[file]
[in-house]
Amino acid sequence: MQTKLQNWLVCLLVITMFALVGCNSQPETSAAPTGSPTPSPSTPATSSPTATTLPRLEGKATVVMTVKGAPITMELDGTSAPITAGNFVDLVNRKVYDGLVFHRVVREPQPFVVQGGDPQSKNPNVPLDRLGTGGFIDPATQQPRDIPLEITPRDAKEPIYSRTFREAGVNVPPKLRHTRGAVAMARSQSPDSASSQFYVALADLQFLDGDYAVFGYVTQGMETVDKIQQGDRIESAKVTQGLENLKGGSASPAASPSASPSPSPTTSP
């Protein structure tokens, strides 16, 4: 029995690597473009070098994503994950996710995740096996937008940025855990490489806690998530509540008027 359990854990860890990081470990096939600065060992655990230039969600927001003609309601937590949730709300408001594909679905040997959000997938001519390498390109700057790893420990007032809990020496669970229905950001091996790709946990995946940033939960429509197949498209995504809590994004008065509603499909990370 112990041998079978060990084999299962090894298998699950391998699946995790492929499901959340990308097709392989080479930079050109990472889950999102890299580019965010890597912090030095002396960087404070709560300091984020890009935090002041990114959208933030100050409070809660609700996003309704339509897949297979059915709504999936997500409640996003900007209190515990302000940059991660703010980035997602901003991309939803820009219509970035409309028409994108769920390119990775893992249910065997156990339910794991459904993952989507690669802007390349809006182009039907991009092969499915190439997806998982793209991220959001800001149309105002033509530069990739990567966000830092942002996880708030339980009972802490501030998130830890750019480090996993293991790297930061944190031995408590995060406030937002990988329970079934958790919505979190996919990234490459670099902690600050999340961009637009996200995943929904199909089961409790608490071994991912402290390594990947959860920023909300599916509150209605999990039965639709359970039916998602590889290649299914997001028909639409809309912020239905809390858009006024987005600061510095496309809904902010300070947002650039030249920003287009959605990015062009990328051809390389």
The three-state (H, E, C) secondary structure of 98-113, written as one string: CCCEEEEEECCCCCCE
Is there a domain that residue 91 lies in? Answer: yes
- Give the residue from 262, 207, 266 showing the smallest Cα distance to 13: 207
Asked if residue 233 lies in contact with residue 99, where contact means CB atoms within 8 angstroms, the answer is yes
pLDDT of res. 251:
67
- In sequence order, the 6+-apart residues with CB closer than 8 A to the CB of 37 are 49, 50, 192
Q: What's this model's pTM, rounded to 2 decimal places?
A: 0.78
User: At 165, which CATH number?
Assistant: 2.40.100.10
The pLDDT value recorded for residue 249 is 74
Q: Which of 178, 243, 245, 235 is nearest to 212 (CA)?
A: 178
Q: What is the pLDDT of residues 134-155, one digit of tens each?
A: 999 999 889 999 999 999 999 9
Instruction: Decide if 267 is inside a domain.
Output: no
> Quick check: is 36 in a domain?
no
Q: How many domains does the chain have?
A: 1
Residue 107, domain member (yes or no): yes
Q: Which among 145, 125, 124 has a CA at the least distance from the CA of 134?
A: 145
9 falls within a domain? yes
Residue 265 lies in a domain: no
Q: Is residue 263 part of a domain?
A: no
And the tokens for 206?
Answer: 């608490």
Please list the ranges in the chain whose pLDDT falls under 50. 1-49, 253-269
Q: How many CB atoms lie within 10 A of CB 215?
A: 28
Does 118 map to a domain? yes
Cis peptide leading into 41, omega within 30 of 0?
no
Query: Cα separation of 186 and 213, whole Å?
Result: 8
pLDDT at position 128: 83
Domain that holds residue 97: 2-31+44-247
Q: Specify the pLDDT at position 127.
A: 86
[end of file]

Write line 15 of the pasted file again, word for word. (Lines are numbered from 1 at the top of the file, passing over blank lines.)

The pLDDT value recorded for residue 249 is 74